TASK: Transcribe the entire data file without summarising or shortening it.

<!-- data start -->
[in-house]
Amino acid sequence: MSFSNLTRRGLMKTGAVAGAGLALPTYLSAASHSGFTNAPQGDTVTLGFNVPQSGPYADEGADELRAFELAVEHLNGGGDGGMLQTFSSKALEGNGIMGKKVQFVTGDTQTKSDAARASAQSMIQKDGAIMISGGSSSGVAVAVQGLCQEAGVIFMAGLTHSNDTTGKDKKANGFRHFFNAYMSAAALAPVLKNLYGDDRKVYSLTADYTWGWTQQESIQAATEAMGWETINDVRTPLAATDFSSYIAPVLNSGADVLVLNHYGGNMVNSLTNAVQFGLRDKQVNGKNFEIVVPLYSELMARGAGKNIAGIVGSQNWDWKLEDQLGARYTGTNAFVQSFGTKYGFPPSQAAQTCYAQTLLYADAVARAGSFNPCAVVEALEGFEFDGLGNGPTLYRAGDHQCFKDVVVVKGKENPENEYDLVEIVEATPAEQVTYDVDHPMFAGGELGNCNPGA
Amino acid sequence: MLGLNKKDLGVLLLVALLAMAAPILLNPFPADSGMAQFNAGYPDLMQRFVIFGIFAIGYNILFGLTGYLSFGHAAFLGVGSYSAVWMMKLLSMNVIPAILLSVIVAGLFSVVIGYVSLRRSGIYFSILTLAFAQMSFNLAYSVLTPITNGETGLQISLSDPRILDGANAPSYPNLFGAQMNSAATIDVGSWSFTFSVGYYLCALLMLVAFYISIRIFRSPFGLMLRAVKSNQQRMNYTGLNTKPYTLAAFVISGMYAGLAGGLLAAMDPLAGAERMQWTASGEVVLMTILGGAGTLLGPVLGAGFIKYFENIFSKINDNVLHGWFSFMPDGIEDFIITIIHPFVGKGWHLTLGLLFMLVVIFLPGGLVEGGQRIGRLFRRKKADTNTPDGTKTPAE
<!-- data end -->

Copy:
[in-house]
Amino acid sequence: MSFSNLTRRGLMKTGAVAGAGLALPTYLSAASHSGFTNAPQGDTVTLGFNVPQSGPYADEGADELRAFELAVEHLNGGGDGGMLQTFSSKALEGNGIMGKKVQFVTGDTQTKSDAARASAQSMIQKDGAIMISGGSSSGVAVAVQGLCQEAGVIFMAGLTHSNDTTGKDKKANGFRHFFNAYMSAAALAPVLKNLYGDDRKVYSLTADYTWGWTQQESIQAATEAMGWETINDVRTPLAATDFSSYIAPVLNSGADVLVLNHYGGNMVNSLTNAVQFGLRDKQVNGKNFEIVVPLYSELMARGAGKNIAGIVGSQNWDWKLEDQLGARYTGTNAFVQSFGTKYGFPPSQAAQTCYAQTLLYADAVARAGSFNPCAVVEALEGFEFDGLGNGPTLYRAGDHQCFKDVVVVKGKENPENEYDLVEIVEATPAEQVTYDVDHPMFAGGELGNCNPGA
Amino acid sequence: MLGLNKKDLGVLLLVALLAMAAPILLNPFPADSGMAQFNAGYPDLMQRFVIFGIFAIGYNILFGLTGYLSFGHAAFLGVGSYSAVWMMKLLSMNVIPAILLSVIVAGLFSVVIGYVSLRRSGIYFSILTLAFAQMSFNLAYSVLTPITNGETGLQISLSDPRILDGANAPSYPNLFGAQMNSAATIDVGSWSFTFSVGYYLCALLMLVAFYISIRIFRSPFGLMLRAVKSNQQRMNYTGLNTKPYTLAAFVISGMYAGLAGGLLAAMDPLAGAERMQWTASGEVVLMTILGGAGTLLGPVLGAGFIKYFENIFSKINDNVLHGWFSFMPDGIEDFIITIIHPFVGKGWHLTLGLLFMLVVIFLPGGLVEGGQRIGRLFRRKKADTNTPDGTKTPAE